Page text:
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This article was published on January 29, 2014


    Flipboard redesigns Cover Stories to help surface interesting content from your subscriptions

    Flipboard redesigns Cover Stories to help surface interesting content from your subscriptions
    Ken Yeung
    Story by

    Ken Yeung

    Ken Yeung is a reporter for The Next Web based in San Francisco, CA. He carries around a big camera & likes to write about tech, startup Ken Yeung is a reporter for The Next Web based in San Francisco, CA. He carries around a big camera & likes to write about tech, startups, parties, and interesting people. Follow him on Twitter, on Facebook, and Google+.

    Flipboard is giving itself a bit of a makeover today. The company announced that it is reorganizing the way content is featured within its Cover Stories and The Weekend sections. By doing so, it hopes users will be able to quickly “catch up with the highlights” while also diving deeper into the stories that they find interesting.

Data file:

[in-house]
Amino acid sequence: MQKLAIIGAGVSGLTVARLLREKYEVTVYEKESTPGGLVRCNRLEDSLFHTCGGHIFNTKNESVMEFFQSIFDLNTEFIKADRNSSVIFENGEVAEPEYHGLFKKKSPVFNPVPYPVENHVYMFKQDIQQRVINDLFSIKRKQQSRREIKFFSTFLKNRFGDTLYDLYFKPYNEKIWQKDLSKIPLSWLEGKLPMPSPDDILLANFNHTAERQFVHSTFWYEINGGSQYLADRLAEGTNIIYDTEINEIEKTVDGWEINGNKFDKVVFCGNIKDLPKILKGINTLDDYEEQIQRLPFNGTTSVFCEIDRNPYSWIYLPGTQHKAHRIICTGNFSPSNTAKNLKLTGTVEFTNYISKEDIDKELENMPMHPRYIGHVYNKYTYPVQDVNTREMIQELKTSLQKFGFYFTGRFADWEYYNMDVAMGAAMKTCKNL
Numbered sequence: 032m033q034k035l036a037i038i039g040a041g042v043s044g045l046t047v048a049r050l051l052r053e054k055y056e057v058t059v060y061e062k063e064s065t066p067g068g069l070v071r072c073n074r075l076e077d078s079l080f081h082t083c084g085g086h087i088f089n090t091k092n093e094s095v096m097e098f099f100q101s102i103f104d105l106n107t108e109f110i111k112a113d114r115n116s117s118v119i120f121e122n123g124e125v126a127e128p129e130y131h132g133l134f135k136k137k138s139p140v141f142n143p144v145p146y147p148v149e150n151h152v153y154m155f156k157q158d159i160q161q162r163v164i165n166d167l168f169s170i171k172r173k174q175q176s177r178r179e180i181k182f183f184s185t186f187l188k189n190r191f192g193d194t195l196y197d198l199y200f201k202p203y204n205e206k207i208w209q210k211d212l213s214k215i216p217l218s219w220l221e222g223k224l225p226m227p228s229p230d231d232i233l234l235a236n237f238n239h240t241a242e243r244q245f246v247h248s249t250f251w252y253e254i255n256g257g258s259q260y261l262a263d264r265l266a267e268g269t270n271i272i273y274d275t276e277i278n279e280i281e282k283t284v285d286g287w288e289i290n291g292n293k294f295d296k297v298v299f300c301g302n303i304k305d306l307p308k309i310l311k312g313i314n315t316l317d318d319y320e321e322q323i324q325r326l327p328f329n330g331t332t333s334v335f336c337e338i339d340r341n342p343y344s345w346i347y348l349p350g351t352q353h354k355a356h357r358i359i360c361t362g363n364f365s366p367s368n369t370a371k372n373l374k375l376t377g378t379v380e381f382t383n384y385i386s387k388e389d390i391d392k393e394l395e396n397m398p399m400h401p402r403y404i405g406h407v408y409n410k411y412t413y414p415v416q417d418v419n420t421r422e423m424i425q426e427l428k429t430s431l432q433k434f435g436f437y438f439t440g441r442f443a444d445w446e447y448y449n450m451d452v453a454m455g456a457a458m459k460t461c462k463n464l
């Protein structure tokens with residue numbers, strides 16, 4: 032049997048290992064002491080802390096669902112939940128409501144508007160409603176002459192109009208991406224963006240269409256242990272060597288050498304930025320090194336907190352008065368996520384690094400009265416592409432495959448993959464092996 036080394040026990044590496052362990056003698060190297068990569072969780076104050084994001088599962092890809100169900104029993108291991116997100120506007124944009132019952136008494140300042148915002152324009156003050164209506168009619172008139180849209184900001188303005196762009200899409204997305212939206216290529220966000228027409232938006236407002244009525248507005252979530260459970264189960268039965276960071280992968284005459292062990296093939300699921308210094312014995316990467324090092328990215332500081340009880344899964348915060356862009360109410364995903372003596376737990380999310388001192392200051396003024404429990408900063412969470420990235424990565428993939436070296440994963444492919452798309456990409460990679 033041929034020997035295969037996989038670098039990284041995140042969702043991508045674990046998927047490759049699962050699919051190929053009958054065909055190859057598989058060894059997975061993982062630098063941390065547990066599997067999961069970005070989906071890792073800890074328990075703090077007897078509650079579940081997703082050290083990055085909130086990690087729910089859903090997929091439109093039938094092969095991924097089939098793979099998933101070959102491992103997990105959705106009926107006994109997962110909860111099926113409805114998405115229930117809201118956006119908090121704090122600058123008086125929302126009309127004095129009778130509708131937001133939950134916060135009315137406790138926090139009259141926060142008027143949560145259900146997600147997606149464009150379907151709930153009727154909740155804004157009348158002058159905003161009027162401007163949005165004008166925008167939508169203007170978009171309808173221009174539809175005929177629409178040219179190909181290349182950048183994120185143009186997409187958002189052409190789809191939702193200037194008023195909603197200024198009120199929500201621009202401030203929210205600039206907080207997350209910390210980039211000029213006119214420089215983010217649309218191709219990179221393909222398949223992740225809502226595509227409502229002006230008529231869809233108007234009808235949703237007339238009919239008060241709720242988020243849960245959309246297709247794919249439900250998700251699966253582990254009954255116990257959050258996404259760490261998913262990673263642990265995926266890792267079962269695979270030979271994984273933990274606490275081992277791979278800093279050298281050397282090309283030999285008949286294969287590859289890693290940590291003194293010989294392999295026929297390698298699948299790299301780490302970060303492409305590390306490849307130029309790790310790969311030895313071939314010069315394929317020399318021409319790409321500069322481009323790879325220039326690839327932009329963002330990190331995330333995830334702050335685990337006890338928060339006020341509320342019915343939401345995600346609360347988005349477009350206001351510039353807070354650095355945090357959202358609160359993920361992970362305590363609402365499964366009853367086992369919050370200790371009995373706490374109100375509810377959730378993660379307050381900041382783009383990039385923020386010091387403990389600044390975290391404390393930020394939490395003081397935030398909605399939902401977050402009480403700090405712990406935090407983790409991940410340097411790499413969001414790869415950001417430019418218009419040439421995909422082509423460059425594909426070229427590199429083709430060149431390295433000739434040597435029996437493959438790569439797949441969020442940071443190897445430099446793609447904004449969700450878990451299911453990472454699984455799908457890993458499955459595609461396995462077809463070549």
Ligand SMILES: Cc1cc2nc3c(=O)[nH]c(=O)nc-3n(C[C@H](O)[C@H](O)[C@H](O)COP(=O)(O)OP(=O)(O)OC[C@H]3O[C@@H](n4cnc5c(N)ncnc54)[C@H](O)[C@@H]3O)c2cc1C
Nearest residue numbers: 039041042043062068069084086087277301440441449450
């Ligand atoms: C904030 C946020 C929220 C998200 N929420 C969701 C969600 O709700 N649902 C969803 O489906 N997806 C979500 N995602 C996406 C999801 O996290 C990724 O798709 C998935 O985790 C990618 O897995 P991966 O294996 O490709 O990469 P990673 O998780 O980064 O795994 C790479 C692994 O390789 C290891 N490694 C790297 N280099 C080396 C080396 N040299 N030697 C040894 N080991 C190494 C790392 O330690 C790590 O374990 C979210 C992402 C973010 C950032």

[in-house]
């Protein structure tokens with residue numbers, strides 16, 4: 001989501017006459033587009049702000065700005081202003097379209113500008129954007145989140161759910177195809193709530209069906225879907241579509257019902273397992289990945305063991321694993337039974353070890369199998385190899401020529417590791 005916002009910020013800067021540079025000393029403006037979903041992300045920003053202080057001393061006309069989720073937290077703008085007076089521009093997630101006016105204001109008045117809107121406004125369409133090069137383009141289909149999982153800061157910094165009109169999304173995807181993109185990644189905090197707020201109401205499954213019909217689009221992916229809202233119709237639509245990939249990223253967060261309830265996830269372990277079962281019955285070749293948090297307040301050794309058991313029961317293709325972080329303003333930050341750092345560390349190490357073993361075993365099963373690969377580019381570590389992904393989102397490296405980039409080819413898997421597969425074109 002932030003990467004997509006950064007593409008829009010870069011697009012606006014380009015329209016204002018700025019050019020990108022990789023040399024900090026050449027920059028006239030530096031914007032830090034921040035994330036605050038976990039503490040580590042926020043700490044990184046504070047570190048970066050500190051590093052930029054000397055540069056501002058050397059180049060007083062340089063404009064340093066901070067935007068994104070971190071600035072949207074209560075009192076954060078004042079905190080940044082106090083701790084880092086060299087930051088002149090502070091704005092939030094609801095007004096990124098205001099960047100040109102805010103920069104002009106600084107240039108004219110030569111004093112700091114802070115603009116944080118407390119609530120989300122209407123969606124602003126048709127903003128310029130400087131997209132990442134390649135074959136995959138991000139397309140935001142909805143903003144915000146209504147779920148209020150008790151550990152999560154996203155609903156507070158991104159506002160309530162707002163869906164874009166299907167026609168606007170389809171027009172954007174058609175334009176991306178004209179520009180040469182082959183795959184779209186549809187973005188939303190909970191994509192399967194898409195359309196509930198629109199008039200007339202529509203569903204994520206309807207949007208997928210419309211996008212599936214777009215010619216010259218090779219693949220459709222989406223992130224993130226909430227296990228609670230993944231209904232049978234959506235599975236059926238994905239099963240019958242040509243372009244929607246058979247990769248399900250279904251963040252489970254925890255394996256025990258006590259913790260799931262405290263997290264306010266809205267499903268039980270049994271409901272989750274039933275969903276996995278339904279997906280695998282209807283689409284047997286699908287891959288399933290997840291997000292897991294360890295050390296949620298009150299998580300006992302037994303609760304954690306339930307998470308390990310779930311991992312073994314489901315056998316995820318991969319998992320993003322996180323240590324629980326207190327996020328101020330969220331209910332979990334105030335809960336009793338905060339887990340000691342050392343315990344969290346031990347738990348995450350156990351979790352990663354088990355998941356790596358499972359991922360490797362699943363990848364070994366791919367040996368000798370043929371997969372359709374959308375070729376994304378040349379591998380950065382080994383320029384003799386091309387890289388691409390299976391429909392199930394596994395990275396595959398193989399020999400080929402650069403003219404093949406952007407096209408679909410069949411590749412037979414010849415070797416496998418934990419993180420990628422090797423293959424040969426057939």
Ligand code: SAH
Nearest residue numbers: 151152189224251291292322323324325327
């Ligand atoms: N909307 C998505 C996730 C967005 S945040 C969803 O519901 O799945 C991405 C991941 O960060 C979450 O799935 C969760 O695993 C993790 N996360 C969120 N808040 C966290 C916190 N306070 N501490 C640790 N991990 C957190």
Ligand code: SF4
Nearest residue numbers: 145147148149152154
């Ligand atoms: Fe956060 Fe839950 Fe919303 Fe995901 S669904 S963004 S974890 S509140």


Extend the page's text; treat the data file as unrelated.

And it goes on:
Flipboard has always been like a magazine rack, filled with digital publications that users could quickly subscribe to and read through on their digital device. However, like in the print world, when you have too many magazines to read, how can you find out what’s important and relevant to you?

    NewCoverStories

    With some similarities to Facebook’s News Feed, Flipboard is using an algorithm that will display a “super condensed” overview of your subscriptions. Articles will be surfaced based on how frequently you visit the section. It also highlights the app’s “Flips by Friends” feature which shows you interesting stories that friends have been sharing on social media — definitely as a new way to aid in discovering new content.

    Over time, the service will learn about your reading behavior and display content from sections you read the most.

    TheWeekendSports

    As mentioned earlier, this new organizational structure will be available on Cover Stories (Flipboard’s most widely read section) and The Weekend. It will be available on both tablets and smartphones, but only for iOS and Android devices. BlackBerry and Windows Phone versions may be coming soon.

    Not everyone will receive this update right away. The company says it is doing a “slow rollout” to make sure that it scales efficiently and performs as expected.

    Photo credit: Flipboard